Appeal from a judgment of the Superior Court of Orange County, Patrick Donahue, Judge. (Super. Ct. No. 11NF0263)
The opinion of the court was delivered by: Fybel, J.
CERTIFIED FOR PUBLICATION
Defendant Arthur Lee Lucas II twice ran his car into the car driven by his ex-girlfriend after they had engaged in a screaming match in the middle of a public street. Defendant was convicted of aggravated assault and sentenced to a total of 14 years in prison. Finding no merit to defendant's arguments on appeal, we affirm the judgment.
Defendant argues the trial court erred by imposing a five-year sentencing enhancement under Penal Code section 667, subdivision (a), because his previous serious felony conviction was reduced to a misdemeanor and dismissed. (All further statutory references are to the Penal Code.) Defendant contends that the prior offense was therefore not a felony conviction for which a sentencing enhancement could be imposed. We publish this opinion because, based on our analysis of the state Constitution and the relevant statutes, we hold a serious felony conviction must be treated as such when imposing a sentence enhancement for a later-committed crime, despite the reduction of the previous serious felony to a misdemeanor.
For the reasons we explain post, we also reject defendant's arguments relating to the trial court's pretrial review of the personnel records of the arresting officer and claimed instructional error. Finally, the trial court did not err by failing to dismiss one of defendant's prior serious felony convictions for purposes of sentencing under the "Three Strikes" Law (Pen. Code, §§ 667, subds. (b)-(e), 1170.12).
STATEMENT OF FACTS AND PROCEDURAL HISTORY
Defendant and Stacy McGowan dated on and off, starting in 1999. On several occasions between 2001 and their separation in early 2010, defendant assaulted McGowan, threatened her, yelled obscenities at her, or stalked her.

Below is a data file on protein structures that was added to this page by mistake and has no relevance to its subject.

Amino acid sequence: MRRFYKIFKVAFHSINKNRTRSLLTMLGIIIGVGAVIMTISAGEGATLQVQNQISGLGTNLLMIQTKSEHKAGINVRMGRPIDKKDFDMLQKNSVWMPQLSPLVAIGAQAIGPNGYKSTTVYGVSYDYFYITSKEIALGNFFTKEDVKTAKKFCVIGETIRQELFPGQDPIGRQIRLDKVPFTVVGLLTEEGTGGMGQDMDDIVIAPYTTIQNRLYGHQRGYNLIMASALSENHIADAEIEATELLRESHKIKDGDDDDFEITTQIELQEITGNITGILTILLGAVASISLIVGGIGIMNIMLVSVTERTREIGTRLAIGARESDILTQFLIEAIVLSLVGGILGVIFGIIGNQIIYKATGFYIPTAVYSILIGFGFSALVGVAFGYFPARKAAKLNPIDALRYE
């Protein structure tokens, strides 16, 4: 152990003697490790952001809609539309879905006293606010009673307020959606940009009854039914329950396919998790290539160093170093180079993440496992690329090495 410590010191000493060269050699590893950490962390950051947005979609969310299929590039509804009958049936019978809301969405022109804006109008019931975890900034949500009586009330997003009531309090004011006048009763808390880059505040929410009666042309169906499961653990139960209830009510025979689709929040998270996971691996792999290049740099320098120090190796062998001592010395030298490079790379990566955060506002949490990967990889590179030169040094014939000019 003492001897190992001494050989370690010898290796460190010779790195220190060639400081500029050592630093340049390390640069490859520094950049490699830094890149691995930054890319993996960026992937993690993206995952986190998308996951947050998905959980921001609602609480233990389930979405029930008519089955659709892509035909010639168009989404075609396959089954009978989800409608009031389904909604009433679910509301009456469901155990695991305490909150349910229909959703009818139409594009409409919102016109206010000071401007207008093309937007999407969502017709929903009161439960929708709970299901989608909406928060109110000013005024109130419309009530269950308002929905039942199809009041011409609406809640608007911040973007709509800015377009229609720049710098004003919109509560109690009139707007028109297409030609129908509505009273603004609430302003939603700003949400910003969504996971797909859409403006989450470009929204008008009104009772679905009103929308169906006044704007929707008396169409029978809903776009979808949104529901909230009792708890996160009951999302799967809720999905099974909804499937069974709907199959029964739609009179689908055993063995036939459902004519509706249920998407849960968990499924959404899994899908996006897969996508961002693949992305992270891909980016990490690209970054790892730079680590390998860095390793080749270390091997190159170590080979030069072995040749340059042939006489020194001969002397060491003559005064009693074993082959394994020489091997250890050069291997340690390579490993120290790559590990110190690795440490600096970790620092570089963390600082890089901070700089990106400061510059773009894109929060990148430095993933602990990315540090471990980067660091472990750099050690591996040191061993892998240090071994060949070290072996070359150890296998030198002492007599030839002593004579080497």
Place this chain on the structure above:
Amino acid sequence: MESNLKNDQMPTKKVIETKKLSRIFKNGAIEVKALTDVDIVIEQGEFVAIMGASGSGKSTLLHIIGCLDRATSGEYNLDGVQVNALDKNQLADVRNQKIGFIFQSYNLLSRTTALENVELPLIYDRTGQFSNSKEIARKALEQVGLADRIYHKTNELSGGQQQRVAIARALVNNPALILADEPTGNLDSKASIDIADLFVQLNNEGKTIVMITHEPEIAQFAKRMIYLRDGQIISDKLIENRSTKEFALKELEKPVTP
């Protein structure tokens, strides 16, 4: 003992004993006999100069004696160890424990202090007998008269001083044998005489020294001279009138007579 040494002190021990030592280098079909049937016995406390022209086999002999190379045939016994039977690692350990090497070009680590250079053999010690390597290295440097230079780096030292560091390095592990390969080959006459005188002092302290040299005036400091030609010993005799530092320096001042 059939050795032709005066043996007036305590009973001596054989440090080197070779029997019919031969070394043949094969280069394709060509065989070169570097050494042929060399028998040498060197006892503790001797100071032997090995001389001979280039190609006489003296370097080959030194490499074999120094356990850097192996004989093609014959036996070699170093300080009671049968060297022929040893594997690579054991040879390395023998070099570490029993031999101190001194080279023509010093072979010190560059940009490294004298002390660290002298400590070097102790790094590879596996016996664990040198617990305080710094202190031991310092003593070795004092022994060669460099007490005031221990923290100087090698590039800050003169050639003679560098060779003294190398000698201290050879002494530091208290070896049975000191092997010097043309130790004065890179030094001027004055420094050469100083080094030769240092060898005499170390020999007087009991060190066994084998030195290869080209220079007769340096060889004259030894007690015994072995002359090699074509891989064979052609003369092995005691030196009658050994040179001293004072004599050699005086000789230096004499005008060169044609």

On January 19, 2011, McGowan was walking down a street when defendant pulled up in his car and demanded, in an angry tone of voice, to talk to her. McGowan told defendant she could not talk at that time. Later that afternoon, McGowan saw defendant in her rearview mirror as she pulled out of the driveway of her place of work. Defendant pulled his car behind and then alongside of McGowan's car, and signaled for McGowan to pull over. McGowan sped away, but defendant continued to follow her.
When McGowan stopped at a red light, defendant pulled up alongside of her car, and yelled angrily. When McGowan told defendant to leave her alone, he responded, "I'm going to kill you, bitch. I'm going to kill you." McGowan got out of her car, approached defendant's car, and demanded, "what the fuck you want with me? Why you keep bothering me? Leave me alone." Defendant continued to say, "I'm going to get you, bitch." He grabbed her by the hair and pulled her by the arm into his car; McGowan thought defendant was going to bite her. She swung her arms and grabbed defendant or hit him in the face. McGowan was able to free herself.
McGowan got back into her car and drove away. Defendant tried to use his car to block her, but she maneuvered her car around his. As she drove away, McGowan felt her car get hit from behind. Her car stalled in the middle of the street. Defendant's car then hit the side of McGowan's car. McGowan exited her car and saw defendant walking quickly toward her; he was "angry."
At that moment, the police arrived. Buena Park Police Officer Ron Catanzariti was one of the responding officers. Officer Catanzariti noted that defendant had a "moderate odor of alcoholic beverage on his breath and person," but, "after a quick evaluation, I realized that it wasn't to the point where it could impair [defendant's] driving ability." Defendant told Officer Catanzariti that McGowan had attacked him and had rammed her car into his car, ...